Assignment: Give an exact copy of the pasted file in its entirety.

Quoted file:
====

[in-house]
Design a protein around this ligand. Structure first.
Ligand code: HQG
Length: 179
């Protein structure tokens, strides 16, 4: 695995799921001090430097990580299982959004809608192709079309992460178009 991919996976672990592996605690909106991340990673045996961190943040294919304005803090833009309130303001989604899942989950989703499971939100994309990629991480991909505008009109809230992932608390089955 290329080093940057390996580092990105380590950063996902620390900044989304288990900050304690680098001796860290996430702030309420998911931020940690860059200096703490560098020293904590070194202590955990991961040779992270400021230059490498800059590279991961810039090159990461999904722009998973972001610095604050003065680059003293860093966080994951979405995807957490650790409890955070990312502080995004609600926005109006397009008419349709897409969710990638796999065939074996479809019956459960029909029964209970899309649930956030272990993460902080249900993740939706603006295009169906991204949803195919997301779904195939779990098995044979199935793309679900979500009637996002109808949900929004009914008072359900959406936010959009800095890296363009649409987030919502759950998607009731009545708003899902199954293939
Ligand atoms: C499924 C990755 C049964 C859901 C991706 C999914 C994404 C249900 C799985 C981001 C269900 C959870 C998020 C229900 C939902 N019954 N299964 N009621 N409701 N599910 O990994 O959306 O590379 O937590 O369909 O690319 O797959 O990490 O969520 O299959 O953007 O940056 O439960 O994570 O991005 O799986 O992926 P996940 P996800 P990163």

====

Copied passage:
[in-house]
Design a protein around this ligand. Structure first.
Ligand code: HQG
Length: 179
């Protein structure tokens, strides 16, 4: 695995799921001090430097990580299982959004809608192709079309992460178009 991919996976672990592996605690909106991340990673045996961190943040294919304005803090833009309130303001989604899942989950989703499971939100994309990629991480991909505008009109809230992932608390089955 290329080093940057390996580092990105380590950063996902620390900044989304288990900050304690680098001796860290996430702030309420998911931020940690860059200096703490560098020293904590070194202590955990991961040779992270400021230059490498800059590279991961810039090159990461999904722009998973972001610095604050003065680059003293860093966080994951979405995807957490650790409890955070990312502080995004609600926005109006397009008419349709897409969710990638796999065939074996479809019956459960029909029964209970899309649930956030272990993460902080249900993740939706603006295009169906991204949803195919997301779904195939779990098995044979199935793309679900979500009637996002109808949900929004009914008072359900959406936010959009800095890296363009649409987030919502759950998607009731009545708003899902199954293939
Ligand atoms: C499924 C990755 C049964 C859901 C991706 C999914 C994404 C249900 C799985 C981001 C269900 C959870 C998020 C229900 C939902 N019954 N299964 N009621 N409701 N599910 O990994 O959306 O590379 O937590 O369909 O690319 O797959 O990490 O969520 O299959 O953007 O940056 O439960 O994570 O991005 O799986 O992926 P996940 P996800 P990163």